Jesus affirmed that this righteousness is obtained by true disciples — such as hunger for it, He said, shall be filled. It is for disciples only and so rests on acceptance with God which (and this is particularly clear in the Gospel of John) is by faith in Christ.


As we come to the teaching of the Epistles, and particularly those of Paul, we should note in passing the progressive nature of revelation: it is like the harvest — first the blade, then the ear, then the full corn in the ear.

Paul "uses the conception (of justification) so frequently", says Dr. Leon Morris, "that we are compelled to think that with him it was a dominant idea" (Apostolic Preaching of the Cross, p. 224). In Romans 1:16-18 Paul states the great theme of this Epistle. It is "the gospel which is the power of God unto salvation to everyone that believeth . . . for therein is revealed a righteousness of God from faith to faith . . . for the wrath of God is revealed from heaven against all ungodliness and unrighteousness of men."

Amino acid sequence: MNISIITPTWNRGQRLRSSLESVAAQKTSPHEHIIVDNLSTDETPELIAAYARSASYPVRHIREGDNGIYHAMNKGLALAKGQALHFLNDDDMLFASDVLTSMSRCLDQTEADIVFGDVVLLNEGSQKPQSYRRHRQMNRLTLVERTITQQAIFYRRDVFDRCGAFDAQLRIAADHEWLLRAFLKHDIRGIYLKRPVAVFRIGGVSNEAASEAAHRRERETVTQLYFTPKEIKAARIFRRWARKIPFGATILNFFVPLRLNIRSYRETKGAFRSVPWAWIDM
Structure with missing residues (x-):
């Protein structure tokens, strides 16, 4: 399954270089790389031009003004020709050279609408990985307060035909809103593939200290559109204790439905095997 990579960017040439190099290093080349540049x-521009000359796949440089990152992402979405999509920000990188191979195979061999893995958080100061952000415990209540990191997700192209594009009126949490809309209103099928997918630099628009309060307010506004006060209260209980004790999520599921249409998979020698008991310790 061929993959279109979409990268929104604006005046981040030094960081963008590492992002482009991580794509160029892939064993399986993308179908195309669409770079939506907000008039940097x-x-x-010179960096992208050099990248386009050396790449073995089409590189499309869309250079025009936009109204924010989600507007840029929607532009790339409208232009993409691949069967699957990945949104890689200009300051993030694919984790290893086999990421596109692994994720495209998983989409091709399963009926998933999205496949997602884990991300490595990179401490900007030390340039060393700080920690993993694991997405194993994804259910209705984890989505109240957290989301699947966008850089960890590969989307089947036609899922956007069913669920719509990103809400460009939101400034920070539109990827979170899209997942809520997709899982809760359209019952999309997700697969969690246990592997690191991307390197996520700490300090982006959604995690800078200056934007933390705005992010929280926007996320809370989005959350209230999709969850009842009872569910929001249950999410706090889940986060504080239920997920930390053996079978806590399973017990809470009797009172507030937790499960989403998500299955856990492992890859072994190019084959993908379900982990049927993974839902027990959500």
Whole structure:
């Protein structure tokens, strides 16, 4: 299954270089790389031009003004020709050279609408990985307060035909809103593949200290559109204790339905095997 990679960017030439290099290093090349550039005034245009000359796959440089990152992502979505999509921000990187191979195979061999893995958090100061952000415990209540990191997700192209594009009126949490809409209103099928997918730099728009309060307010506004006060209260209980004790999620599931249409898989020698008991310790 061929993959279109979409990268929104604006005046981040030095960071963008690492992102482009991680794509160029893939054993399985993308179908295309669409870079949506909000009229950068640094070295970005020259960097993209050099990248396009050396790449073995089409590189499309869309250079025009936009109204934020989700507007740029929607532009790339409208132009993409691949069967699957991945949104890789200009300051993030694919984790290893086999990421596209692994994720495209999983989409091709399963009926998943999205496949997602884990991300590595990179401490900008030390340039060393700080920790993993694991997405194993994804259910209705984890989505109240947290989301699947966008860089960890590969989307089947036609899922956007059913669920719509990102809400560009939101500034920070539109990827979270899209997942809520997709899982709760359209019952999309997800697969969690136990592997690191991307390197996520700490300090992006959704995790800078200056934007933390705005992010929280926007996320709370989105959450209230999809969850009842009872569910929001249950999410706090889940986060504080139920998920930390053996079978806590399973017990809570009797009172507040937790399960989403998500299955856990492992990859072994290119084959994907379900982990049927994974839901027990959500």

He speaks of it again in Romans chapter 3: "Now apart from the law a righteousness of God is revealed, a righteousness of God through faith in Jesus Christ unto all who believe . . . that he might be just and the justifier of him who believeth in Jesus . . ." Again in chapter 5: "Being justified by faith, we have peace with God." And later in the chapter he adds: "they that receive the abundance of grace and the gift of righteousness reign in life through Christ Jesus . . . for as through one man's disobedience many were made sinners, so by the obedience of one shall many be made (constituted) righteous."

In 1 Corinthians 1:30 we read of Christ Jesus being made unto us wisdom from God and righteousness. In 2 Corinthians 5, where Paul is speaking of the "ministry of reconciliation", he gives us the heart of the message of this ministry in verse 21: "Him who knew no sin he made to be sin on our behalf; that we might become the righteousness of God in him." In Philippians 3:8-9 Paul counts all but loss that "I may gain Christ, and be found in him, not having a righteousness of mine own, even that which is of the law, but that which is through faith in Christ, the righteousness which is from God (ek theou) by faith."